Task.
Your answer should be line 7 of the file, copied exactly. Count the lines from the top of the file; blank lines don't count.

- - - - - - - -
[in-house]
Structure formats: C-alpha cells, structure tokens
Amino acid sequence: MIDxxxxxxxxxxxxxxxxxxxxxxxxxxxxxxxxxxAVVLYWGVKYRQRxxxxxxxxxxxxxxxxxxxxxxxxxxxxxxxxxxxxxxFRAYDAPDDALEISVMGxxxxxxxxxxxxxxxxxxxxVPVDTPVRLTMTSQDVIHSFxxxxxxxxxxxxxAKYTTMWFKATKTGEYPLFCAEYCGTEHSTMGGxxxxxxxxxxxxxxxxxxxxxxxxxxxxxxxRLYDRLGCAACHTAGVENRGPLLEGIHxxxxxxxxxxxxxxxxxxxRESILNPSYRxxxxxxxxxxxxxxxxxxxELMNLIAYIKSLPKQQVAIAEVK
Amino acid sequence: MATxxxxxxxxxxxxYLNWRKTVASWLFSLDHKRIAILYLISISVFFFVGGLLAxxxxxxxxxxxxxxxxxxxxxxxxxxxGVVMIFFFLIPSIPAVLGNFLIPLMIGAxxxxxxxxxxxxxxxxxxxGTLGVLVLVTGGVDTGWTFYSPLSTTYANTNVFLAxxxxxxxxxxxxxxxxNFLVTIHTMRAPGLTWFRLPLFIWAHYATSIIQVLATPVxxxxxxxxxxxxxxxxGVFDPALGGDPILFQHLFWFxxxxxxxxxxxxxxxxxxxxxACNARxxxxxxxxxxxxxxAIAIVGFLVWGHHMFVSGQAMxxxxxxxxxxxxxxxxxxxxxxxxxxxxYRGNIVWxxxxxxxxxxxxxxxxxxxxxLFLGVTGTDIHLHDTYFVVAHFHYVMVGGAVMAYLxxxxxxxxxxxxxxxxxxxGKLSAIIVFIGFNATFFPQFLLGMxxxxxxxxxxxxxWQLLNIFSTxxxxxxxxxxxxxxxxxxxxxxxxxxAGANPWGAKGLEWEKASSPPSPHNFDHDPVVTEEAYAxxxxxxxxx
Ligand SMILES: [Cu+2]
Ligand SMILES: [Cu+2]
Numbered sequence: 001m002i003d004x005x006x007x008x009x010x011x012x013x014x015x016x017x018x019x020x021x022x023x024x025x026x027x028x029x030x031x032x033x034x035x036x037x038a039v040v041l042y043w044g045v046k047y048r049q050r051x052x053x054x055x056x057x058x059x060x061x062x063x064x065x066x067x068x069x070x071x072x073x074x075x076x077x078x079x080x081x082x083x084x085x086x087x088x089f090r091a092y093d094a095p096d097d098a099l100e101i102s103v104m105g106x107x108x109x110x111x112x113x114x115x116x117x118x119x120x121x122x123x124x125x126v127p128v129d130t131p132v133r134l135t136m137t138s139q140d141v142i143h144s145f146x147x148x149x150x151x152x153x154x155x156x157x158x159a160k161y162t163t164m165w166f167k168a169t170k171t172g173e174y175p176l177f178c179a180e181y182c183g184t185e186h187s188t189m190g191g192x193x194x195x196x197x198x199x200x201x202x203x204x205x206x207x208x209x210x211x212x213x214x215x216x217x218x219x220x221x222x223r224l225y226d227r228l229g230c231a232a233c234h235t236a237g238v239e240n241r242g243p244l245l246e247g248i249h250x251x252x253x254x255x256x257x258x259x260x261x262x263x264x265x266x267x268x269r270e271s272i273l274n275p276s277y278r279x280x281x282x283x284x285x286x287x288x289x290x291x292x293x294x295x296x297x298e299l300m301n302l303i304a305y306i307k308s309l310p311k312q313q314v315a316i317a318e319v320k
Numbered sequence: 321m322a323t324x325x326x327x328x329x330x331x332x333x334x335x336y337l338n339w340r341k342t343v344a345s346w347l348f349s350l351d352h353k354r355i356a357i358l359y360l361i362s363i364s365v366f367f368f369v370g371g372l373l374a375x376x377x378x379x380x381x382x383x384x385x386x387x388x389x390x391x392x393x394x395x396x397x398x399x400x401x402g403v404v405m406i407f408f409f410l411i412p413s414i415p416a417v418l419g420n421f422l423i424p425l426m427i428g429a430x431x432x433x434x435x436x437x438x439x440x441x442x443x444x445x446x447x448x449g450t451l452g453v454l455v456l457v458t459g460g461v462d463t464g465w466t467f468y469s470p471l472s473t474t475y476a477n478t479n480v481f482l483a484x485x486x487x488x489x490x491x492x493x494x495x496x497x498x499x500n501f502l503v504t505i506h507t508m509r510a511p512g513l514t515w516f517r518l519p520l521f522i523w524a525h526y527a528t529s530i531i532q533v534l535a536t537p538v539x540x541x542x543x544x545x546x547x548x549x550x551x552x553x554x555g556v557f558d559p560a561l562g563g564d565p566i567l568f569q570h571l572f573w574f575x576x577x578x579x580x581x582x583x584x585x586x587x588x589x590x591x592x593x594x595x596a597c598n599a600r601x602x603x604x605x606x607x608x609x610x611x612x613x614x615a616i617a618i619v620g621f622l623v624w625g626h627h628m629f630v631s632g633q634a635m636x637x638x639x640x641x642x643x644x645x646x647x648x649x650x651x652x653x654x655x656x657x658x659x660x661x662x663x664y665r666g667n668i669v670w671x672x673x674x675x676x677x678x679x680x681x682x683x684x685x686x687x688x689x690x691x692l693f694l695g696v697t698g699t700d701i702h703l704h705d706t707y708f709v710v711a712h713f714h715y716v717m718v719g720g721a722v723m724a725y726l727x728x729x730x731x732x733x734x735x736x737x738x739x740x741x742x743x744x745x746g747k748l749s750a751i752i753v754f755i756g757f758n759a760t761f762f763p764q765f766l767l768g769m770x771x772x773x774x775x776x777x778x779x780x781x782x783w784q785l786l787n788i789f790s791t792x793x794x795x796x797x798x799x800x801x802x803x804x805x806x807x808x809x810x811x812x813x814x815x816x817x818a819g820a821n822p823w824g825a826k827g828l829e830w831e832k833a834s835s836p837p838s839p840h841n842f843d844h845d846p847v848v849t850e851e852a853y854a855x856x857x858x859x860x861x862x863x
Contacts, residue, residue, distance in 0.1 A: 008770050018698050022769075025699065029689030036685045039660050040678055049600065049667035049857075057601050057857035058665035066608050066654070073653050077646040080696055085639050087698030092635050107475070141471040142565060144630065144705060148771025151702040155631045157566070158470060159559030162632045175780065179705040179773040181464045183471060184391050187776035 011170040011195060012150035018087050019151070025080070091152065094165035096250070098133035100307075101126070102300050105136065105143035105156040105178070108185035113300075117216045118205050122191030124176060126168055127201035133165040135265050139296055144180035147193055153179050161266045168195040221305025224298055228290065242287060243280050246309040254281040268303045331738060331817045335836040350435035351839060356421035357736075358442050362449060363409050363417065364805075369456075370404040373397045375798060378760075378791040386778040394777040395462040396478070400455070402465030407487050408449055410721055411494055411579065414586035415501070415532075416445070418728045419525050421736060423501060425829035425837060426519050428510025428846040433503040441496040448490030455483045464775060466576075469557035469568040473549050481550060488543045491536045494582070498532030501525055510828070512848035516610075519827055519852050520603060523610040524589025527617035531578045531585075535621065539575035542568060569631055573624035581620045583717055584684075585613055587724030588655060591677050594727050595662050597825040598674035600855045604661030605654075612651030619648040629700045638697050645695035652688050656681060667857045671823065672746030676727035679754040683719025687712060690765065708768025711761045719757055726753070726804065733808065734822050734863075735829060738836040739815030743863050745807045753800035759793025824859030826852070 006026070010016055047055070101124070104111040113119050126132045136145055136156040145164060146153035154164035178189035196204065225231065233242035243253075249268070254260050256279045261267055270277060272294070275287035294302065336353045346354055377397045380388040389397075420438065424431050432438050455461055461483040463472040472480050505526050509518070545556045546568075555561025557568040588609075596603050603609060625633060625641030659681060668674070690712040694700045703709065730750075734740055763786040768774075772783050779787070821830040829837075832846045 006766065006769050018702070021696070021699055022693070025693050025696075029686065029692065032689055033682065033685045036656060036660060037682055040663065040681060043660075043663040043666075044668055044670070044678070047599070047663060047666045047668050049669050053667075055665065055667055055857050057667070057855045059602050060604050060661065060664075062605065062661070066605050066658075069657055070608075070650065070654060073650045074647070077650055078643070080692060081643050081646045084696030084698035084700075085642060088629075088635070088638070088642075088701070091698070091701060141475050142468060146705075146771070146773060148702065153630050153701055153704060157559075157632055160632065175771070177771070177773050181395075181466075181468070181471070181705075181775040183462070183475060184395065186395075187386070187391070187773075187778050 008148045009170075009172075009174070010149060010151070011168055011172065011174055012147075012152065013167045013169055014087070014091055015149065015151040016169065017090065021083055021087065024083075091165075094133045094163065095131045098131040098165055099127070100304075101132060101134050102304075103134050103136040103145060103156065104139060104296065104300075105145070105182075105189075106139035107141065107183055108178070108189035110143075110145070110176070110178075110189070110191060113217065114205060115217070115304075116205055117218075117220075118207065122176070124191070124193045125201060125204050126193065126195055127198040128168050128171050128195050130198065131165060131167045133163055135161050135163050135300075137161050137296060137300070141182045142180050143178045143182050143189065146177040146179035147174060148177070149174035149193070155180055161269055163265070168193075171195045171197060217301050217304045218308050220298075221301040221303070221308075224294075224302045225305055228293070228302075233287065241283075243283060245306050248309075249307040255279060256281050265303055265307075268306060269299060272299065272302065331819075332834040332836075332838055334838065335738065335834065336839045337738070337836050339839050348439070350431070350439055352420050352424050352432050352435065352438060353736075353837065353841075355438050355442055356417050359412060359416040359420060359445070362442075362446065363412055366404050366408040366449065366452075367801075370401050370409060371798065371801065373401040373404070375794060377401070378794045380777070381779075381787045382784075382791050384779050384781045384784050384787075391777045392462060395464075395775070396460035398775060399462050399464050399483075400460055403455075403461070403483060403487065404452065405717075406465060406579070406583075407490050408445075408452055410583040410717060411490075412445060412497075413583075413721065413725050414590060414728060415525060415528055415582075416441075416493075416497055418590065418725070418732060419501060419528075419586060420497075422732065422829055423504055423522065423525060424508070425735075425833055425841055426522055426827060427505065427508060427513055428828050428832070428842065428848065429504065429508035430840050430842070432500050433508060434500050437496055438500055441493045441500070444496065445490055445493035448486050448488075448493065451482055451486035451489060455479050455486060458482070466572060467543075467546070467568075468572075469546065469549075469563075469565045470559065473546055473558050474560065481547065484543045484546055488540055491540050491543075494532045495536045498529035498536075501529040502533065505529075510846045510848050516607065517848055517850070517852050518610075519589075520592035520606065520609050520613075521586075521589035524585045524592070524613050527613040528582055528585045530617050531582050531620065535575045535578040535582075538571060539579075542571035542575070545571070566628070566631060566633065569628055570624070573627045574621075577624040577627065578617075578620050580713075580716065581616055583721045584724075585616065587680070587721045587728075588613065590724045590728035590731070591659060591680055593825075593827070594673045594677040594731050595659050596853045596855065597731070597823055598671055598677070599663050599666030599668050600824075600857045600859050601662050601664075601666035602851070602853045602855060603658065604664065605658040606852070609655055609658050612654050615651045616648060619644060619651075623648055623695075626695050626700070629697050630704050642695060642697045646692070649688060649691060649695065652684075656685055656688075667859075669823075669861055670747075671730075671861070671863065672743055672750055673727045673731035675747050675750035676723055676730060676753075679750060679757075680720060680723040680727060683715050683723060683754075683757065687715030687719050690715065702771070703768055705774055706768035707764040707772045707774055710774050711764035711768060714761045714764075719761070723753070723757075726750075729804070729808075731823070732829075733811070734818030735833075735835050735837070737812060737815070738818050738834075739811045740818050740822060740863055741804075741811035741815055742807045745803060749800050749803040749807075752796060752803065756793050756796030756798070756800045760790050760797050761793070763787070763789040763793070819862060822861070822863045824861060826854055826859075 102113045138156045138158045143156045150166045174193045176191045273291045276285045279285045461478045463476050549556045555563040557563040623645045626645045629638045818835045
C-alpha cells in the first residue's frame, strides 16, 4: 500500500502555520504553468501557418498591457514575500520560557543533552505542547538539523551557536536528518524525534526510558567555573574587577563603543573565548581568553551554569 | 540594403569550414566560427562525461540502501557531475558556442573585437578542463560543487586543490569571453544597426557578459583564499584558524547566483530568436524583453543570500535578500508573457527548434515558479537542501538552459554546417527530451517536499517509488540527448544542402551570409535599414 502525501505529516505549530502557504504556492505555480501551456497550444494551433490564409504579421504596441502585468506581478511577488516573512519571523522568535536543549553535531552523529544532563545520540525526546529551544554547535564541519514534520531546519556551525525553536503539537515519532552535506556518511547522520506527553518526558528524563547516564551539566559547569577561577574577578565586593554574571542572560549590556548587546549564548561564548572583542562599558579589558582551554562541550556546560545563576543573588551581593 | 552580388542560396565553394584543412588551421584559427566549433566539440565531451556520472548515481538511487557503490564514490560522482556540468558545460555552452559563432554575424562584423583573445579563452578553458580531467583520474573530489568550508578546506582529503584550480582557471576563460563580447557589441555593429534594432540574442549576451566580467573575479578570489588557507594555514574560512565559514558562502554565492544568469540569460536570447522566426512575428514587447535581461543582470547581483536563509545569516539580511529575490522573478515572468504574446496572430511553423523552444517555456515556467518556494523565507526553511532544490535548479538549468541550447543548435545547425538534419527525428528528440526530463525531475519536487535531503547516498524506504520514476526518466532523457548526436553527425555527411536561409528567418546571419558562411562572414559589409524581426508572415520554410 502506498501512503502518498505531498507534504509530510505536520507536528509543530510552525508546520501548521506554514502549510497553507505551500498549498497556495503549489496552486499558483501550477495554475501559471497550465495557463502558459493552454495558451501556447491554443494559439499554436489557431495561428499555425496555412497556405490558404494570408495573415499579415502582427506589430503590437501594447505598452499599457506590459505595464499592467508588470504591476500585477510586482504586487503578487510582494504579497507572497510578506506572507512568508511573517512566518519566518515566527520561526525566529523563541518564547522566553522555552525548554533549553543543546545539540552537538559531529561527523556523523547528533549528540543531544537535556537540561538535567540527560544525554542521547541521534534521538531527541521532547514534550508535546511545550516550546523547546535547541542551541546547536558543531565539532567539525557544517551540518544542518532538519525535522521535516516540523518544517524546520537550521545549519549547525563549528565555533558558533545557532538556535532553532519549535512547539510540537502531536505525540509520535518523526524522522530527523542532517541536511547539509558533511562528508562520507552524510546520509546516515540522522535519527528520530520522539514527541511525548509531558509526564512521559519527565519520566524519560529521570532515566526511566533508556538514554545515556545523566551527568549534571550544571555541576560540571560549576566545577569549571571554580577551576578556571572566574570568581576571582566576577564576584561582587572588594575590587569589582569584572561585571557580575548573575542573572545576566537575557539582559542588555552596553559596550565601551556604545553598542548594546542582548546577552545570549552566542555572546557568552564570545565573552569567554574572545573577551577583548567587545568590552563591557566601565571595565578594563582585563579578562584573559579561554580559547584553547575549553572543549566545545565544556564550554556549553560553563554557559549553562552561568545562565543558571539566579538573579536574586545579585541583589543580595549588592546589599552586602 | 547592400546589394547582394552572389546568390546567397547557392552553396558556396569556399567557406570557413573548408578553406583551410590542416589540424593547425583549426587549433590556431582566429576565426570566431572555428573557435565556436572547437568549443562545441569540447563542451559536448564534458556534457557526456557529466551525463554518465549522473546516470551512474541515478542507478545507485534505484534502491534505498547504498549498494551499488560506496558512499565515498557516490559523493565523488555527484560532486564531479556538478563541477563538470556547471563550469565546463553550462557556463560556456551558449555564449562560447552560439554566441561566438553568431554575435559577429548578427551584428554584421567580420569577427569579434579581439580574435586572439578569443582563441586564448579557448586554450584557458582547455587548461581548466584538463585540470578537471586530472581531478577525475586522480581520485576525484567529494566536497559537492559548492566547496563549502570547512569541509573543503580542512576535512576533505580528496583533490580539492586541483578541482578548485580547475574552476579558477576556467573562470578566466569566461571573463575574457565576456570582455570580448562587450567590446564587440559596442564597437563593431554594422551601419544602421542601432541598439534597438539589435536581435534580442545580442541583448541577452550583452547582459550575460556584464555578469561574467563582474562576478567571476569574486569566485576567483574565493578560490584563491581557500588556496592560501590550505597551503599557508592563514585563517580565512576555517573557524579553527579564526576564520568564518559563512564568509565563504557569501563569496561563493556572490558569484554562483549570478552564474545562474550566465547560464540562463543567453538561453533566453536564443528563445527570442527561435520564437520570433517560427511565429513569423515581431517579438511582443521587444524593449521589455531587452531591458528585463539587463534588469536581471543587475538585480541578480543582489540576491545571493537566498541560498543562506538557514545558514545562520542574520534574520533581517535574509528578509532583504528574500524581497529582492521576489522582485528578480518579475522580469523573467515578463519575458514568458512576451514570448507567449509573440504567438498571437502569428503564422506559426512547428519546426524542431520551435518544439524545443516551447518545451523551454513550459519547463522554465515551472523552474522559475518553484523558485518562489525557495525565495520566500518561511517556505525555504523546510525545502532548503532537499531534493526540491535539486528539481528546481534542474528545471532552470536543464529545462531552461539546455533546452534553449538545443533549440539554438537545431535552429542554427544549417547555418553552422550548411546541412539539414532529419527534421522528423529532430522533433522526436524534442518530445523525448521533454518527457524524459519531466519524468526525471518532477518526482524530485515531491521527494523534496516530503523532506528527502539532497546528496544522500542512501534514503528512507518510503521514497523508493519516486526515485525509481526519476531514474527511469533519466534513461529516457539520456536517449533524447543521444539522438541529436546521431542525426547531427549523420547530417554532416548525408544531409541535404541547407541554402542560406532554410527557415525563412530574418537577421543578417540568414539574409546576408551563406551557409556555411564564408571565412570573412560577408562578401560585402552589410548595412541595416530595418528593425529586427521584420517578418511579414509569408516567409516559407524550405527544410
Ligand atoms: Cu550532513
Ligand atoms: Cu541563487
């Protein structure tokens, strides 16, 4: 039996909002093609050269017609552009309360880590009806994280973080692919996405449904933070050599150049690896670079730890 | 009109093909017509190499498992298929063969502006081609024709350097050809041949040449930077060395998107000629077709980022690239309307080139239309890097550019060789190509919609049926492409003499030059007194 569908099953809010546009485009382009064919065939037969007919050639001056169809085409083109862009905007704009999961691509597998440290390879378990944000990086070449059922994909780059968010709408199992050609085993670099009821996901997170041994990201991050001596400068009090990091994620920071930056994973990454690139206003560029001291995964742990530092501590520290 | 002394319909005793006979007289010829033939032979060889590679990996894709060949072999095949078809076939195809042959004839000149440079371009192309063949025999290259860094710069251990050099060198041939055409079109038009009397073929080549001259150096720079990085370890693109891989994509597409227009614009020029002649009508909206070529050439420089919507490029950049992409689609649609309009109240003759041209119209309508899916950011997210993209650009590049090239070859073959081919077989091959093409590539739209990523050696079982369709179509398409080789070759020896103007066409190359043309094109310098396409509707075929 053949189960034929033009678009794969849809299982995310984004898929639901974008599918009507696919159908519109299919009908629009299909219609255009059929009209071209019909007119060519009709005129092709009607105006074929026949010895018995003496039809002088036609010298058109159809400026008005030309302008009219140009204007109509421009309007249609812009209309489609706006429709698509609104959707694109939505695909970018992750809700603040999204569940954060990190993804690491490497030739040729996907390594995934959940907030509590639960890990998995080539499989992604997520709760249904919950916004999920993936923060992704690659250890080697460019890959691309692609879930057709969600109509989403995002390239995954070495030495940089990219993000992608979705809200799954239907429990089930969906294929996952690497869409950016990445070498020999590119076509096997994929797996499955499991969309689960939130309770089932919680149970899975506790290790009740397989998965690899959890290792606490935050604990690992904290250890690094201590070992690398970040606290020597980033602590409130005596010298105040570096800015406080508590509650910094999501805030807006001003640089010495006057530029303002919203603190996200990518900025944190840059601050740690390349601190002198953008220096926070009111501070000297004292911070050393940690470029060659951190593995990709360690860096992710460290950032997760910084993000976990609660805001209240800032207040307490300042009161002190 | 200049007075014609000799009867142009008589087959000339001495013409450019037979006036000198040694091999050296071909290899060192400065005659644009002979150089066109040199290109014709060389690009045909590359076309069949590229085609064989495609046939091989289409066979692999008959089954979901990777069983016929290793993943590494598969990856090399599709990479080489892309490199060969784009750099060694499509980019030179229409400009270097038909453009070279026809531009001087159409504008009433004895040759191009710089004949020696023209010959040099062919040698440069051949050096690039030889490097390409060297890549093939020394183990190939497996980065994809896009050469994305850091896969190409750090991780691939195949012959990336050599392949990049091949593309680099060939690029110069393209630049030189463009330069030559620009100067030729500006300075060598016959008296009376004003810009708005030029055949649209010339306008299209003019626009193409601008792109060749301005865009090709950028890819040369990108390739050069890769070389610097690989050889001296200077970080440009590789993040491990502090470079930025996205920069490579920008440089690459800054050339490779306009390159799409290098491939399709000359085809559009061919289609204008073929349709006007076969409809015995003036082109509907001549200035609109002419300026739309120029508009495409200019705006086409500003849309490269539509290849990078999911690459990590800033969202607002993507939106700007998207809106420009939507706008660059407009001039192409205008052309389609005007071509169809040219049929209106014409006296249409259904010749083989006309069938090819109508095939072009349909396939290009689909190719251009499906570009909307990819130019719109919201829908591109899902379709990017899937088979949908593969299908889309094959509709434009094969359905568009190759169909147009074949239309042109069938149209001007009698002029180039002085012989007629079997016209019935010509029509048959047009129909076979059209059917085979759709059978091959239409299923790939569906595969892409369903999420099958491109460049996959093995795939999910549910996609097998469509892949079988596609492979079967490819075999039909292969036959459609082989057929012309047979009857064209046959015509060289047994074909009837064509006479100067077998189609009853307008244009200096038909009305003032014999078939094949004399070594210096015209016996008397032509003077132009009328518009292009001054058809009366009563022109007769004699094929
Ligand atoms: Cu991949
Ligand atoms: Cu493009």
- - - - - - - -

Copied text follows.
Numbered sequence: 001m002i003d004x005x006x007x008x009x010x011x012x013x014x015x016x017x018x019x020x021x022x023x024x025x026x027x028x029x030x031x032x033x034x035x036x037x038a039v040v041l042y043w044g045v046k047y048r049q050r051x052x053x054x055x056x057x058x059x060x061x062x063x064x065x066x067x068x069x070x071x072x073x074x075x076x077x078x079x080x081x082x083x084x085x086x087x088x089f090r091a092y093d094a095p096d097d098a099l100e101i102s103v104m105g106x107x108x109x110x111x112x113x114x115x116x117x118x119x120x121x122x123x124x125x126v127p128v129d130t131p132v133r134l135t136m137t138s139q140d141v142i143h144s145f146x147x148x149x150x151x152x153x154x155x156x157x158x159a160k161y162t163t164m165w166f167k168a169t170k171t172g173e174y175p176l177f178c179a180e181y182c183g184t185e186h187s188t189m190g191g192x193x194x195x196x197x198x199x200x201x202x203x204x205x206x207x208x209x210x211x212x213x214x215x216x217x218x219x220x221x222x223r224l225y226d227r228l229g230c231a232a233c234h235t236a237g238v239e240n241r242g243p244l245l246e247g248i249h250x251x252x253x254x255x256x257x258x259x260x261x262x263x264x265x266x267x268x269r270e271s272i273l274n275p276s277y278r279x280x281x282x283x284x285x286x287x288x289x290x291x292x293x294x295x296x297x298e299l300m301n302l303i304a305y306i307k308s309l310p311k312q313q314v315a316i317a318e319v320k